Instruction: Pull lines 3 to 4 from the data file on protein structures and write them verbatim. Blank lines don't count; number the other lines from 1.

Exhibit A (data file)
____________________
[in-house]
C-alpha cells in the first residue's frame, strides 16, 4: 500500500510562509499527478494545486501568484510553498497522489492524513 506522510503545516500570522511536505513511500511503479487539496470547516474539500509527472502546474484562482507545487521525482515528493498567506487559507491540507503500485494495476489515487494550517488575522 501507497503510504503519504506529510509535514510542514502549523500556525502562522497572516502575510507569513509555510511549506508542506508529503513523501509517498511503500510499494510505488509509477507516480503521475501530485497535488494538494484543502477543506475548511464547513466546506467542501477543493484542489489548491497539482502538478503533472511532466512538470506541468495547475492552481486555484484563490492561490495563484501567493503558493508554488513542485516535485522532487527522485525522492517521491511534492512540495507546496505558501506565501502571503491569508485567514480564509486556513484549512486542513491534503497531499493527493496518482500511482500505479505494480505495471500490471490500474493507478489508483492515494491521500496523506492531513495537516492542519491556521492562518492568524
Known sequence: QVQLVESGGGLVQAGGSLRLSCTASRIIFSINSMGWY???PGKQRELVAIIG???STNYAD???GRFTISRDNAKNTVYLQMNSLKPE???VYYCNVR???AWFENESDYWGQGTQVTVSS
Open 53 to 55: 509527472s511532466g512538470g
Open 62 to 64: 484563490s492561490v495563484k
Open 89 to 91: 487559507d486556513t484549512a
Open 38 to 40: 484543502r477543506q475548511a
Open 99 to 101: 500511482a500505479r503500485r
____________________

Known sequence: QVQLVESGGGLVQAGGSLRLSCTASRIIFSINSMGWY???PGKQRELVAIIG???STNYAD???GRFTISRDNAKNTVYLQMNSLKPE???VYYCNVR???AWFENESDYWGQGTQVTVSS
Open 53 to 55: 509527472s511532466g512538470g